Greetings from the professional and amateur astronomers who comprise the Astronomical Society of Las Cruces (ASLC). The club was formed in 1951 by a group of dedicated astronomers including Clyde Tombaugh, who had discovered Pluto just 21 years earlier. For nearly 60 years, we've been sharing a little bit of the universe with our community under our beautiful Southern New Mexico skies.
The club has a variety of ongoing observing, education and public outreach programs. We host a public Moongaze each month, offer beginning astronomy courses and support countless star parties for schools, scouts and various organizations. We also hold a meeting each month which includes a featured presentation.
To learn more about our society, please click here or select from the tabs above or the 'Quick Links' on the left.
Our May meeting will be held on Friday, May 24th, in Room 77 at Doña Ana Community
College, starting at 7:30 p.m. Do not forget that Show and Tell will start at 7:00 p.m.
ASLC members will recap the 2013 Texas Star Party.
Department of Astronomy to host Observatory Open House May 17
The NMSU Department of Astronomy will hold an Observatory Open House at the NMSU campus observatory at 9 p.m. Friday, May 17. Astronomy personnel on hand will be Nancy Chanover and graduate assistants Laura Mayorga, Nigel Mathes and Carlos Vargas.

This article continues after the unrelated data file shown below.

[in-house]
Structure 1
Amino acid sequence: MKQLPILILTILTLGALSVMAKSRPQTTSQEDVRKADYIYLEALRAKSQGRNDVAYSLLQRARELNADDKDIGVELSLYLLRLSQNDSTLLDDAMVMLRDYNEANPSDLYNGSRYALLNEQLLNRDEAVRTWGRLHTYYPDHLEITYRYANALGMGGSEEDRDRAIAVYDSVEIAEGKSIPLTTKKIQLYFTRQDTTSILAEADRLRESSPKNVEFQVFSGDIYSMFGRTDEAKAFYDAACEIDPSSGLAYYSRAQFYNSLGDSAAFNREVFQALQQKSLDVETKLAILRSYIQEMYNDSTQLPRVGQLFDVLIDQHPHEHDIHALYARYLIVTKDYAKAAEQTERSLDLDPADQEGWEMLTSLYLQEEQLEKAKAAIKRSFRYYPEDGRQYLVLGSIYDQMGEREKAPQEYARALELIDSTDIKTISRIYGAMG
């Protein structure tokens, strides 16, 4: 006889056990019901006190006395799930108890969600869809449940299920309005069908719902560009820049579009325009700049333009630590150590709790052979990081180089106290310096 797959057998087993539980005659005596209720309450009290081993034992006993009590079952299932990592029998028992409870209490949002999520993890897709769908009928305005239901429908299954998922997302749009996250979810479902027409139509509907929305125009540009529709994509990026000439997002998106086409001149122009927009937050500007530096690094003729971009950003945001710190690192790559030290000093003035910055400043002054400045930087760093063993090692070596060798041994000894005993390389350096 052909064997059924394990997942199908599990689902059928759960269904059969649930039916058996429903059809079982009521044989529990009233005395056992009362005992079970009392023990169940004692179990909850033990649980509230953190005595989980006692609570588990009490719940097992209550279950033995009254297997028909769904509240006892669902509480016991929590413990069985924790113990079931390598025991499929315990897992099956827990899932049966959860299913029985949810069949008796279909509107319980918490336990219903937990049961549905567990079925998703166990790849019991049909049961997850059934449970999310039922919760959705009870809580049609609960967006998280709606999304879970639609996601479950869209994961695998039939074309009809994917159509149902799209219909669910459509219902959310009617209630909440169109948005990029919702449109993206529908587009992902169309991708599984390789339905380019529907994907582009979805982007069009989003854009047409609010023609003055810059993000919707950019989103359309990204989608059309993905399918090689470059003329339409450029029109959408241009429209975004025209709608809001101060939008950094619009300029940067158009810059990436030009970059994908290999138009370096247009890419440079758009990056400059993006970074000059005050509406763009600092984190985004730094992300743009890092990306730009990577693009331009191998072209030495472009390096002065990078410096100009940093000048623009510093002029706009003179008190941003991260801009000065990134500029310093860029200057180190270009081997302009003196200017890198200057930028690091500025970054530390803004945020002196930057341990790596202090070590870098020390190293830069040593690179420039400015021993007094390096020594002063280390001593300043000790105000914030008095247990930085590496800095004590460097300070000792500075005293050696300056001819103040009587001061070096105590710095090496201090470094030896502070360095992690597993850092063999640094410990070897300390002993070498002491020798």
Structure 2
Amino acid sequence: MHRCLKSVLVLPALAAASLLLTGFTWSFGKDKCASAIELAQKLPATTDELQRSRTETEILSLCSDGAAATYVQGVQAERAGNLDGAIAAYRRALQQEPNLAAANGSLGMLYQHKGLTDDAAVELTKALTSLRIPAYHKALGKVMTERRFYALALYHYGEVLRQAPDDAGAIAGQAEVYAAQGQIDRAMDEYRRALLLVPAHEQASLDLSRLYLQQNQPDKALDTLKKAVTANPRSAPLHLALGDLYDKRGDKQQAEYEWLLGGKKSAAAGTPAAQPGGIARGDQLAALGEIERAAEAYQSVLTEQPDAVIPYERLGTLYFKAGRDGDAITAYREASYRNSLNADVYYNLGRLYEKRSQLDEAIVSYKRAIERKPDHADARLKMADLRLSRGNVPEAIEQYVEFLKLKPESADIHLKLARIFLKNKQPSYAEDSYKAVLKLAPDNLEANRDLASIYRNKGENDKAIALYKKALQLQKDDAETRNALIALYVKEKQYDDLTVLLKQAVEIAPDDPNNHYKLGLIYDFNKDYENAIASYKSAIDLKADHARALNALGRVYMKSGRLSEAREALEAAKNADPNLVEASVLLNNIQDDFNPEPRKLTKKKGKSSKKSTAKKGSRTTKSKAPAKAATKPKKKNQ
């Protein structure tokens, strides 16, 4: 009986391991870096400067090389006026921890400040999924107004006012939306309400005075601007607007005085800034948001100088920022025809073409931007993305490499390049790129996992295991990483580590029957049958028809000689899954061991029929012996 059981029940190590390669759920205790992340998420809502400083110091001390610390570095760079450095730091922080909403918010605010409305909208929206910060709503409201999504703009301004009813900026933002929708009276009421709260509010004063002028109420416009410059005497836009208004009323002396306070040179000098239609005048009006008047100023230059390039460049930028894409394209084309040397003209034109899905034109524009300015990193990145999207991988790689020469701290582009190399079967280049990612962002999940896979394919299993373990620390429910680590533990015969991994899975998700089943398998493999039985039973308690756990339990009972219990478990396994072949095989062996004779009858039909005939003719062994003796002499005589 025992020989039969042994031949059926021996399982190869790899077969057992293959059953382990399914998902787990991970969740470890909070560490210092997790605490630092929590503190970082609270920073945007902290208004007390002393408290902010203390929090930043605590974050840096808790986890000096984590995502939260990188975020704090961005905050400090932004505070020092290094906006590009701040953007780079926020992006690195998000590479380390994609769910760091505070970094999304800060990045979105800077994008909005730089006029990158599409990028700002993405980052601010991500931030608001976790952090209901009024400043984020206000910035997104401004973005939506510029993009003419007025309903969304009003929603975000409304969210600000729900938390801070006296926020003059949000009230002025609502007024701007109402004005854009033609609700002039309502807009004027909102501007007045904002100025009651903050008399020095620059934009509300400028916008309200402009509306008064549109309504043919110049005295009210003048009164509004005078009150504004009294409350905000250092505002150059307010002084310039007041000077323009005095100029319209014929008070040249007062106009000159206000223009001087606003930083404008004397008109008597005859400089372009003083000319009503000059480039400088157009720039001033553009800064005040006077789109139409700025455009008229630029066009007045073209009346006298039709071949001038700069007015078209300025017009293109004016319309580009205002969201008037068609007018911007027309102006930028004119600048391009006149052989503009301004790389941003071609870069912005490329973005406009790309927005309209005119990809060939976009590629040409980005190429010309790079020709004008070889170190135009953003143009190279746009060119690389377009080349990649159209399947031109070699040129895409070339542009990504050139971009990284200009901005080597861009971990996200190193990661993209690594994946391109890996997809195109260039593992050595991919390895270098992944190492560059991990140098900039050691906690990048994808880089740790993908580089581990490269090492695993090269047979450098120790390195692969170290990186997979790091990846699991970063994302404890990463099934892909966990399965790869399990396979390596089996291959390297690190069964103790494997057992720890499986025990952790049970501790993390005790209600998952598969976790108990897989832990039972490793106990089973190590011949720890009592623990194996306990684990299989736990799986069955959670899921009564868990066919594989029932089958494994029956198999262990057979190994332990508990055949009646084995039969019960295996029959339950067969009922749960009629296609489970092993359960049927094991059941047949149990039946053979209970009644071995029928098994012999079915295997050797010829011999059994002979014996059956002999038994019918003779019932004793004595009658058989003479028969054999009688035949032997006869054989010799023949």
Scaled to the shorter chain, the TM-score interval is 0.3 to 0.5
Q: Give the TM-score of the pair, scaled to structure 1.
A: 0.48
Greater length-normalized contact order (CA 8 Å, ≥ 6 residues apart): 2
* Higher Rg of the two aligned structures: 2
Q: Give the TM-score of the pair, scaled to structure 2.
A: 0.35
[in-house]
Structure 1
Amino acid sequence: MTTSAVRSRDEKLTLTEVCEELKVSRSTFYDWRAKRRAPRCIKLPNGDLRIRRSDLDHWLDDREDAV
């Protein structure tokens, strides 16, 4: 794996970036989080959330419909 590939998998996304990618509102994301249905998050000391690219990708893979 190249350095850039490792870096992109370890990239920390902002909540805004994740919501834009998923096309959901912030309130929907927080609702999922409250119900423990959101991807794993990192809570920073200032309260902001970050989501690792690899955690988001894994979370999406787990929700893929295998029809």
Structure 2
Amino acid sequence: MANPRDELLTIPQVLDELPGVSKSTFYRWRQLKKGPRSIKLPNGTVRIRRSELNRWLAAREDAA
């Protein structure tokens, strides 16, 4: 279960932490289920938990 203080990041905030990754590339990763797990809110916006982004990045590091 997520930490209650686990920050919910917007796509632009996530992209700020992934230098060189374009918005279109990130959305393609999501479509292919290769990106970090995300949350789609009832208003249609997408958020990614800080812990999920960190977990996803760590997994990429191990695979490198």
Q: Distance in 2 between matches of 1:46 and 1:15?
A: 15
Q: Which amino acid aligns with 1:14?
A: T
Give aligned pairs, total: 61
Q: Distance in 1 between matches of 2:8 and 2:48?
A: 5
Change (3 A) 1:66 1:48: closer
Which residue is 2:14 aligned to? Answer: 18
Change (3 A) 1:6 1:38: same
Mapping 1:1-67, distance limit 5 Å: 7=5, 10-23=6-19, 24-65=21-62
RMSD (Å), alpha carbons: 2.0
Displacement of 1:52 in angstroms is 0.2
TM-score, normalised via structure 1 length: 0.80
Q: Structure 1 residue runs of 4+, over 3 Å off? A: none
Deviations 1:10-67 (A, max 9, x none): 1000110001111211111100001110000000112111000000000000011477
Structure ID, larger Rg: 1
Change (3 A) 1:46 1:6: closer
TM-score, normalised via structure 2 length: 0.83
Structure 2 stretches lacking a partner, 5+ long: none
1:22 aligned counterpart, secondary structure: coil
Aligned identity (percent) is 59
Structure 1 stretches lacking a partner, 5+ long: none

Objects that we will observe include the moon, the beautiful ringed planet Saturn, the Mizar and Alcor double star, the M3 globular cluster and many more.
Contact the NMSU Astronomy Department at 646-4438 with questions. Everyone is welcome to spend an evening stargazing. Admission is free and children are especially welcome to attend.
ASLC Photo of the Week - M46 by Chuck Sterling
Open Cluster M46 is in constellation Puppis. M46 is about 5,500 light-years away with an estimated age on the order of several hundred million years. The planetary nebula NGC 2438 appears to lie within the cluster near its northern edge (the faint doughnut at the right center of the cluster). NGC 2438 is most likely unrelated since it does not share the cluster's radial velocity, and just happens to be in the same field of view.
The image was acquired from his back yard in Las Cruces, NM, using Images Plus Camera Control 2.0 with a Canon 350d camera on an Astro Tech 8" f/4 imaging newtonian, with an IDAS LPS-P1 light pollution filter and a Baader MPCC (multi-purpose coma corrector). The mount is a Celestron CGE, autoguided by PHDGuide 1.12.3 and a ShoeString Astronomy GPUSB with a Meade DSI-Pro-1 camera on an Orion 80ED f/7.5 refractor.
Clicking on the image will take you to a larger version on Chuck's website.